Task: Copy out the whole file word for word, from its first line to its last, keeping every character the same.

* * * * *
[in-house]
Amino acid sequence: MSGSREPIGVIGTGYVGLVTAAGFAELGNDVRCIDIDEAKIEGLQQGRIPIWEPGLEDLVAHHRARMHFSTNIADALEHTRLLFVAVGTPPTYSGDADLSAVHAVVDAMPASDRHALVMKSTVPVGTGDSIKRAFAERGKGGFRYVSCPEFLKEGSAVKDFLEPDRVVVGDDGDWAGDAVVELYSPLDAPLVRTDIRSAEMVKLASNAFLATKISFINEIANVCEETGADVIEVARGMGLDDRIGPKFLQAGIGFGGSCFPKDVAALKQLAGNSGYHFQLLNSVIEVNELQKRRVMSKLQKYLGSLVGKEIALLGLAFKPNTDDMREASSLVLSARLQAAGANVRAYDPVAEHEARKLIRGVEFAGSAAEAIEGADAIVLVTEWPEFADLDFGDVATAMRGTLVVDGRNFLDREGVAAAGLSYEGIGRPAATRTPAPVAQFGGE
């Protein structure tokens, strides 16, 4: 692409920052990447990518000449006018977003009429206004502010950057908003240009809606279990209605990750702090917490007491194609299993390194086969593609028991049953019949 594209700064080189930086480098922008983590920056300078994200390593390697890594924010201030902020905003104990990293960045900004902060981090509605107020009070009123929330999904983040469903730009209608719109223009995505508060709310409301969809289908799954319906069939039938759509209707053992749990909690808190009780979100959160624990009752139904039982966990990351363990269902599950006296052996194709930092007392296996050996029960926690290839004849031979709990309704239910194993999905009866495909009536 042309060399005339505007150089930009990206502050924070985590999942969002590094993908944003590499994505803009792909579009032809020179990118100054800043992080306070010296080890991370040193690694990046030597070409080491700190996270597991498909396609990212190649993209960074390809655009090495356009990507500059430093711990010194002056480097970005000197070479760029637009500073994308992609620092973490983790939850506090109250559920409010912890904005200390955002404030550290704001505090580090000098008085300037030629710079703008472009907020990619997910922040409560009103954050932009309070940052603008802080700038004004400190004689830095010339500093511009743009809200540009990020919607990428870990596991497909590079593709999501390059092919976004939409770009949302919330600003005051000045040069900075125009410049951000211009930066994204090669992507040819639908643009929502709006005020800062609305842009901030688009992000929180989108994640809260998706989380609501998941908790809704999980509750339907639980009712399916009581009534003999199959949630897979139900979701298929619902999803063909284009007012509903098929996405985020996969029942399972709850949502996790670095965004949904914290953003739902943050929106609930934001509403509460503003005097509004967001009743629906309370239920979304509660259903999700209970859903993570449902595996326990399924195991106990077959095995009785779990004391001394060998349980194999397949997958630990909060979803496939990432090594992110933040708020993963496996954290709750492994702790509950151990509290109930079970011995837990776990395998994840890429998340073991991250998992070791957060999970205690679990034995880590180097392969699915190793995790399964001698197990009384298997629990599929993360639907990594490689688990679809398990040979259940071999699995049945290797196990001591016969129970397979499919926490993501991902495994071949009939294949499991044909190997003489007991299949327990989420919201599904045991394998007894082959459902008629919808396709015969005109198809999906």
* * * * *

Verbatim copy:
[in-house]
Amino acid sequence: MSGSREPIGVIGTGYVGLVTAAGFAELGNDVRCIDIDEAKIEGLQQGRIPIWEPGLEDLVAHHRARMHFSTNIADALEHTRLLFVAVGTPPTYSGDADLSAVHAVVDAMPASDRHALVMKSTVPVGTGDSIKRAFAERGKGGFRYVSCPEFLKEGSAVKDFLEPDRVVVGDDGDWAGDAVVELYSPLDAPLVRTDIRSAEMVKLASNAFLATKISFINEIANVCEETGADVIEVARGMGLDDRIGPKFLQAGIGFGGSCFPKDVAALKQLAGNSGYHFQLLNSVIEVNELQKRRVMSKLQKYLGSLVGKEIALLGLAFKPNTDDMREASSLVLSARLQAAGANVRAYDPVAEHEARKLIRGVEFAGSAAEAIEGADAIVLVTEWPEFADLDFGDVATAMRGTLVVDGRNFLDREGVAAAGLSYEGIGRPAATRTPAPVAQFGGE
């Protein structure tokens, strides 16, 4: 692409920052990447990518000449006018977003009429206004502010950057908003240009809606279990209605990750702090917490007491194609299993390194086969593609028991049953019949 594209700064080189930086480098922008983590920056300078994200390593390697890594924010201030902020905003104990990293960045900004902060981090509605107020009070009123929330999904983040469903730009209608719109223009995505508060709310409301969809289908799954319906069939039938759509209707053992749990909690808190009780979100959160624990009752139904039982966990990351363990269902599950006296052996194709930092007392296996050996029960926690290839004849031979709990309704239910194993999905009866495909009536 042309060399005339505007150089930009990206502050924070985590999942969002590094993908944003590499994505803009792909579009032809020179990118100054800043992080306070010296080890991370040193690694990046030597070409080491700190996270597991498909396609990212190649993209960074390809655009090495356009990507500059430093711990010194002056480097970005000197070479760029637009500073994308992609620092973490983790939850506090109250559920409010912890904005200390955002404030550290704001505090580090000098008085300037030629710079703008472009907020990619997910922040409560009103954050932009309070940052603008802080700038004004400190004689830095010339500093511009743009809200540009990020919607990428870990596991497909590079593709999501390059092919976004939409770009949302919330600003005051000045040069900075125009410049951000211009930066994204090669992507040819639908643009929502709006005020800062609305842009901030688009992000929180989108994640809260998706989380609501998941908790809704999980509750339907639980009712399916009581009534003999199959949630897979139900979701298929619902999803063909284009007012509903098929996405985020996969029942399972709850949502996790670095965004949904914290953003739902943050929106609930934001509403509460503003005097509004967001009743629906309370239920979304509660259903999700209970859903993570449902595996326990399924195991106990077959095995009785779990004391001394060998349980194999397949997958630990909060979803496939990432090594992110933040708020993963496996954290709750492994702790509950151990509290109930079970011995837990776990395998994840890429998340073991991250998992070791957060999970205690679990034995880590180097392969699915190793995790399964001698197990009384298997629990599929993360639907990594490689688990679809398990040979259940071999699995049945290797196990001591016969129970397979499919926490993501991902495994071949009939294949499991044909190997003489007991299949327990989420919201599904045991394998007894082959459902008629919808396709015969005109198809999906």